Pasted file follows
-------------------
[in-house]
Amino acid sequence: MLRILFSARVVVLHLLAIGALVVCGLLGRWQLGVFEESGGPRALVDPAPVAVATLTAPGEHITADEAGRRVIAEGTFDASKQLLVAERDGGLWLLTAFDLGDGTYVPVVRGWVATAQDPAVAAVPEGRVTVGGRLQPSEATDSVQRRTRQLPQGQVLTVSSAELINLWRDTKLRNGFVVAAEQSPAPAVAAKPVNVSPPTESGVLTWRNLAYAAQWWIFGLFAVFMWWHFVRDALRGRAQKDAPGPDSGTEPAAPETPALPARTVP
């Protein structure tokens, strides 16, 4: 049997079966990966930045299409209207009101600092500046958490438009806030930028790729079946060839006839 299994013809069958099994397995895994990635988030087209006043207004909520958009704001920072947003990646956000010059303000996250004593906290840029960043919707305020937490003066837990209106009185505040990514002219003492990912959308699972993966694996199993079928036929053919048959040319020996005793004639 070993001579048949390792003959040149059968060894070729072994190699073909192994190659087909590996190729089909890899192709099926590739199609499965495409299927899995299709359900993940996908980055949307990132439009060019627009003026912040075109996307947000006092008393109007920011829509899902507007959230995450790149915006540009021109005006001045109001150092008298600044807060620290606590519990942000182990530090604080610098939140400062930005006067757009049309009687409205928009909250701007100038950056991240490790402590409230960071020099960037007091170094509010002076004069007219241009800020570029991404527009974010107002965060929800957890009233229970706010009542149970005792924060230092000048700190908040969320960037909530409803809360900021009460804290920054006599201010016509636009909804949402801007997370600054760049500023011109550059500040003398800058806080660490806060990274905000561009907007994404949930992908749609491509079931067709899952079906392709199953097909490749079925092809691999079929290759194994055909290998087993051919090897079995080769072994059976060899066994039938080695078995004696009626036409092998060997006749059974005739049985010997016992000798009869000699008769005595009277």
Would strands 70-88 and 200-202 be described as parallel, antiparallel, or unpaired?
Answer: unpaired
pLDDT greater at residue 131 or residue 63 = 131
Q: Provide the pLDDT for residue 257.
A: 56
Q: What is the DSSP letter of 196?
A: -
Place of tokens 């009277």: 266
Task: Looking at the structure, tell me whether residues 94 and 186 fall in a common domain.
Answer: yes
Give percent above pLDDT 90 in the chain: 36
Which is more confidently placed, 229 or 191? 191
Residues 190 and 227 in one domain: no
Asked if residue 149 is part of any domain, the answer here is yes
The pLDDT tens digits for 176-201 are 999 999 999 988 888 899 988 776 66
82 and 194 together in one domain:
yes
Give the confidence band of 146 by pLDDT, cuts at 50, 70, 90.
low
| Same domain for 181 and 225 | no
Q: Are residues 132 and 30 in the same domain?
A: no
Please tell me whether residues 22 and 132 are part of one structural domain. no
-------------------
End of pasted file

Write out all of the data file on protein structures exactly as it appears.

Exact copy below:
[in-house]
Amino acid sequence: MLRILFSARVVVLHLLAIGALVVCGLLGRWQLGVFEESGGPRALVDPAPVAVATLTAPGEHITADEAGRRVIAEGTFDASKQLLVAERDGGLWLLTAFDLGDGTYVPVVRGWVATAQDPAVAAVPEGRVTVGGRLQPSEATDSVQRRTRQLPQGQVLTVSSAELINLWRDTKLRNGFVVAAEQSPAPAVAAKPVNVSPPTESGVLTWRNLAYAAQWWIFGLFAVFMWWHFVRDALRGRAQKDAPGPDSGTEPAAPETPALPARTVP
């Protein structure tokens, strides 16, 4: 049997079966990966930045299409209207009101600092500046958490438009806030930028790729079946060839006839 299994013809069958099994397995895994990635988030087209006043207004909520958009704001920072947003990646956000010059303000996250004593906290840029960043919707305020937490003066837990209106009185505040990514002219003492990912959308699972993966694996199993079928036929053919048959040319020996005793004639 070993001579048949390792003959040149059968060894070729072994190699073909192994190659087909590996190729089909890899192709099926590739199609499965495409299927899995299709359900993940996908980055949307990132439009060019627009003026912040075109996307947000006092008393109007920011829509899902507007959230995450790149915006540009021109005006001045109001150092008298600044807060620290606590519990942000182990530090604080610098939140400062930005006067757009049309009687409205928009909250701007100038950056991240490790402590409230960071020099960037007091170094509010002076004069007219241009800020570029991404527009974010107002965060929800957890009233229970706010009542149970005792924060230092000048700190908040969320960037909530409803809360900021009460804290920054006599201010016509636009909804949402801007997370600054760049500023011109550059500040003398800058806080660490806060990274905000561009907007994404949930992908749609491509079931067709899952079906392709199953097909490749079925092809691999079929290759194994055909290998087993051919090897079995080769072994059976060899066994039938080695078995004696009626036409092998060997006749059974005739049985010997016992000798009869000699008769005595009277």
Would strands 70-88 and 200-202 be described as parallel, antiparallel, or unpaired?
Answer: unpaired
pLDDT greater at residue 131 or residue 63 = 131
Q: Provide the pLDDT for residue 257.
A: 56
Q: What is the DSSP letter of 196?
A: -
Place of tokens 């009277």: 266
Task: Looking at the structure, tell me whether residues 94 and 186 fall in a common domain.
Answer: yes
Give percent above pLDDT 90 in the chain: 36
Which is more confidently placed, 229 or 191? 191
Residues 190 and 227 in one domain: no
Asked if residue 149 is part of any domain, the answer here is yes
The pLDDT tens digits for 176-201 are 999 999 999 988 888 899 988 776 66
82 and 194 together in one domain:
yes
Give the confidence band of 146 by pLDDT, cuts at 50, 70, 90.
low
| Same domain for 181 and 225 | no
Q: Are residues 132 and 30 in the same domain?
A: no
Please tell me whether residues 22 and 132 are part of one structural domain. no